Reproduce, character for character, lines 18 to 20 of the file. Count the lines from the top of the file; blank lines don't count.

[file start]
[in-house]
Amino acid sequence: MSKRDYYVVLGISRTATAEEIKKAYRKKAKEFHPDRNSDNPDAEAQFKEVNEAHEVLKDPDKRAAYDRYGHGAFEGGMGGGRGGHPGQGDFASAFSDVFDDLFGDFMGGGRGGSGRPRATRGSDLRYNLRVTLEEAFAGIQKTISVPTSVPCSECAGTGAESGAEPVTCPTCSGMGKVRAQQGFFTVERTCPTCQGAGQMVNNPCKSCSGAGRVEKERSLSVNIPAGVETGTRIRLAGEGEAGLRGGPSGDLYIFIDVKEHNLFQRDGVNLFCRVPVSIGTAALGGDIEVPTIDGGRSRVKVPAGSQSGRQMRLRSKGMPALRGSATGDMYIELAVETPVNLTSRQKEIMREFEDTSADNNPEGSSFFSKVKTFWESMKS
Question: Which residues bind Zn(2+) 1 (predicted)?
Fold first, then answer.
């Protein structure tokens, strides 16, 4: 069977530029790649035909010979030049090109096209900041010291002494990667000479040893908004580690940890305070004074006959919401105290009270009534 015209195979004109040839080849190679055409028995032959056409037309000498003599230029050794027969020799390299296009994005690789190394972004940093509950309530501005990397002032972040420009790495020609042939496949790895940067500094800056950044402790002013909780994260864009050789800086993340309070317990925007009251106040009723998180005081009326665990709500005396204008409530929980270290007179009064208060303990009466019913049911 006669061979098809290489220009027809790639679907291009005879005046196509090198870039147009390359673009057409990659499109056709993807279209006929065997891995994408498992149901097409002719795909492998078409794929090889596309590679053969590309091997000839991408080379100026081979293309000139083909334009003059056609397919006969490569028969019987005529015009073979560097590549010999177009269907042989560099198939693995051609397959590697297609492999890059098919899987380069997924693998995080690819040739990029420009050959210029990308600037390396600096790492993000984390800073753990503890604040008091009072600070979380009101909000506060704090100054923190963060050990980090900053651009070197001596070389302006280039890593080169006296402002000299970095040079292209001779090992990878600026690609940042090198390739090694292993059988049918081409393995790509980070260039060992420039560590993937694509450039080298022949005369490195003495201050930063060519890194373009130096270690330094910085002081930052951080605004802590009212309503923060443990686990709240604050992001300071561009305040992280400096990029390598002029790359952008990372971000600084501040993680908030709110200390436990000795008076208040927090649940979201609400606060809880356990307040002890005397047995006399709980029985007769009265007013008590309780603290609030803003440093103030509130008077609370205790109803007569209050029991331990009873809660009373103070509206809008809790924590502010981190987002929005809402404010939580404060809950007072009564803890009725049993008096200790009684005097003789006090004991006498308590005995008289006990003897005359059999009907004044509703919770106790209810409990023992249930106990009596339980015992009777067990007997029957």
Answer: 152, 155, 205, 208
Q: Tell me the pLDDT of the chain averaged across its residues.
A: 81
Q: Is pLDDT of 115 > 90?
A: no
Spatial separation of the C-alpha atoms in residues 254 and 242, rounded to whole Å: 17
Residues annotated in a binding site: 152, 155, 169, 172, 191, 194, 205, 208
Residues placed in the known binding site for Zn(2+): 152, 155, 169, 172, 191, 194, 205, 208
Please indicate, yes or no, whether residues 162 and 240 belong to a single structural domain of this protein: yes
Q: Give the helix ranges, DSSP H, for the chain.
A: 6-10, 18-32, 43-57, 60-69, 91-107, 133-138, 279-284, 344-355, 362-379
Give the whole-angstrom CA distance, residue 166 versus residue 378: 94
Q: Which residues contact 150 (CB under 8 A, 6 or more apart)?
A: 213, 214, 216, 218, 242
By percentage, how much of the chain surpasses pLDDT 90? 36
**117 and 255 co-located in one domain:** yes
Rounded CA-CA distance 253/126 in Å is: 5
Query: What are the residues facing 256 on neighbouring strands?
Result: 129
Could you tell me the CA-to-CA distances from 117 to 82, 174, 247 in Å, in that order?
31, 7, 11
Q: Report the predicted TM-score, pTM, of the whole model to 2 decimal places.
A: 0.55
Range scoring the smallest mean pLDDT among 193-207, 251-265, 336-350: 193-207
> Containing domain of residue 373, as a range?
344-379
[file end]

Q: Which residues contact 150 (CB under 8 A, 6 or more apart)?
A: 213, 214, 216, 218, 242
By percentage, how much of the chain surpasses pLDDT 90? 36